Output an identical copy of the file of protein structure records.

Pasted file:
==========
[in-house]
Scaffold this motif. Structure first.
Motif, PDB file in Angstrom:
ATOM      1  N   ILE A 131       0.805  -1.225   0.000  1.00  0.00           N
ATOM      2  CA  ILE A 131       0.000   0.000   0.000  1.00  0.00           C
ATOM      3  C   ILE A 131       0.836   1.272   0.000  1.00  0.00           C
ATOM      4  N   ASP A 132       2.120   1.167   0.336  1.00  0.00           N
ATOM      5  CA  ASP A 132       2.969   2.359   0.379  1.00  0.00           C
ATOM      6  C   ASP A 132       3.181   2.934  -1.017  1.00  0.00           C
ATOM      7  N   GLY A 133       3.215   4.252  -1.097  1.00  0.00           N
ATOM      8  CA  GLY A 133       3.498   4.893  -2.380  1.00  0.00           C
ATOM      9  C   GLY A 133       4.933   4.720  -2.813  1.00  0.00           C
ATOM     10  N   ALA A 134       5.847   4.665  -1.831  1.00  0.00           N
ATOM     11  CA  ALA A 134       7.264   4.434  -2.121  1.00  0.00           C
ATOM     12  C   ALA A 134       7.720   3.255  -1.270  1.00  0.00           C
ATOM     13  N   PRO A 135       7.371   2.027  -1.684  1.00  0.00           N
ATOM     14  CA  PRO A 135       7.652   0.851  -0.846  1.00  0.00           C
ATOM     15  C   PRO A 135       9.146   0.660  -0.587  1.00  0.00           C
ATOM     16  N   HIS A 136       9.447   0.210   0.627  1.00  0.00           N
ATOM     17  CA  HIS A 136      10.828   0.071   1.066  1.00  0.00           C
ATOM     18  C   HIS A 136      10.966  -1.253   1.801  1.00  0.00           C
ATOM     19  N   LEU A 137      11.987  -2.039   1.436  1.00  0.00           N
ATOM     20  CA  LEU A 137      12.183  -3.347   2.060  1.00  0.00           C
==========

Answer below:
[in-house]
Scaffold this motif. Structure first.
Motif, PDB file in Angstrom:
ATOM      1  N   ILE A 131       0.805  -1.225   0.000  1.00  0.00           N
ATOM      2  CA  ILE A 131       0.000   0.000   0.000  1.00  0.00           C
ATOM      3  C   ILE A 131       0.836   1.272   0.000  1.00  0.00           C
ATOM      4  N   ASP A 132       2.120   1.167   0.336  1.00  0.00           N
ATOM      5  CA  ASP A 132       2.969   2.359   0.379  1.00  0.00           C
ATOM      6  C   ASP A 132       3.181   2.934  -1.017  1.00  0.00           C
ATOM      7  N   GLY A 133       3.215   4.252  -1.097  1.00  0.00           N
ATOM      8  CA  GLY A 133       3.498   4.893  -2.380  1.00  0.00           C
ATOM      9  C   GLY A 133       4.933   4.720  -2.813  1.00  0.00           C
ATOM     10  N   ALA A 134       5.847   4.665  -1.831  1.00  0.00           N
ATOM     11  CA  ALA A 134       7.264   4.434  -2.121  1.00  0.00           C
ATOM     12  C   ALA A 134       7.720   3.255  -1.270  1.00  0.00           C
ATOM     13  N   PRO A 135       7.371   2.027  -1.684  1.00  0.00           N
ATOM     14  CA  PRO A 135       7.652   0.851  -0.846  1.00  0.00           C
ATOM     15  C   PRO A 135       9.146   0.660  -0.587  1.00  0.00           C
ATOM     16  N   HIS A 136       9.447   0.210   0.627  1.00  0.00           N
ATOM     17  CA  HIS A 136      10.828   0.071   1.066  1.00  0.00           C
ATOM     18  C   HIS A 136      10.966  -1.253   1.801  1.00  0.00           C
ATOM     19  N   LEU A 137      11.987  -2.039   1.436  1.00  0.00           N
ATOM     20  CA  LEU A 137      12.183  -3.347   2.060  1.00  0.00           C